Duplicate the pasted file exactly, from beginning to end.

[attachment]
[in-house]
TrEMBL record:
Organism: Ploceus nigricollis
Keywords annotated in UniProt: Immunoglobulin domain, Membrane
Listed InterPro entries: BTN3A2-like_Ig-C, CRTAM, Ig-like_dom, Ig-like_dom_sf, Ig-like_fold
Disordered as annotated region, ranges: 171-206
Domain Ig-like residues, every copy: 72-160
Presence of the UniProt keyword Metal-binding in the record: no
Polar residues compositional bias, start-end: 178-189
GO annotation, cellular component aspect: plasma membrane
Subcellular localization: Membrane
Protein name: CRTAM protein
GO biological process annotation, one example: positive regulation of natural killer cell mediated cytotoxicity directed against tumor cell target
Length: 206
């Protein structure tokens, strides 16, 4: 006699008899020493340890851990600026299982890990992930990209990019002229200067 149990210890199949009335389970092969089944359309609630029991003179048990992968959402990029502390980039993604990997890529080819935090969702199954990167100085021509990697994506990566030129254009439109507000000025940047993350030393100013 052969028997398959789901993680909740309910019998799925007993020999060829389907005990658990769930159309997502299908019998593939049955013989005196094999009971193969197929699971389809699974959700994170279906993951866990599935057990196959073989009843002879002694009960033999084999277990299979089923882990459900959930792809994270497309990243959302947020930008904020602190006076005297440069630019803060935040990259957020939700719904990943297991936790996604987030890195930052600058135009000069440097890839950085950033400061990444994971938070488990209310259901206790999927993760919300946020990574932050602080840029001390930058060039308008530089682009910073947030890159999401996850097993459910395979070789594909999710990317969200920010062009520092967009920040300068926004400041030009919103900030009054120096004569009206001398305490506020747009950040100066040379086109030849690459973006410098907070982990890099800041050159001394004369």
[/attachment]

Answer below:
[in-house]
TrEMBL record:
Organism: Ploceus nigricollis
Keywords annotated in UniProt: Immunoglobulin domain, Membrane
Listed InterPro entries: BTN3A2-like_Ig-C, CRTAM, Ig-like_dom, Ig-like_dom_sf, Ig-like_fold
Disordered as annotated region, ranges: 171-206
Domain Ig-like residues, every copy: 72-160
Presence of the UniProt keyword Metal-binding in the record: no
Polar residues compositional bias, start-end: 178-189
GO annotation, cellular component aspect: plasma membrane
Subcellular localization: Membrane
Protein name: CRTAM protein
GO biological process annotation, one example: positive regulation of natural killer cell mediated cytotoxicity directed against tumor cell target
Length: 206
């Protein structure tokens, strides 16, 4: 006699008899020493340890851990600026299982890990992930990209990019002229200067 149990210890199949009335389970092969089944359309609630029991003179048990992968959402990029502390980039993604990997890529080819935090969702199954990167100085021509990697994506990566030129254009439109507000000025940047993350030393100013 052969028997398959789901993680909740309910019998799925007993020999060829389907005990658990769930159309997502299908019998593939049955013989005196094999009971193969197929699971389809699974959700994170279906993951866990599935057990196959073989009843002879002694009960033999084999277990299979089923882990459900959930792809994270497309990243959302947020930008904020602190006076005297440069630019803060935040990259957020939700719904990943297991936790996604987030890195930052600058135009000069440097890839950085950033400061990444994971938070488990209310259901206790999927993760919300946020990574932050602080840029001390930058060039308008530089682009910073947030890159999401996850097993459910395979070789594909999710990317969200920010062009520092967009920040300068926004400041030009919103900030009054120096004569009206001398305490506020747009950040100066040379086109030849690459973006410098907070982990890099800041050159001394004369």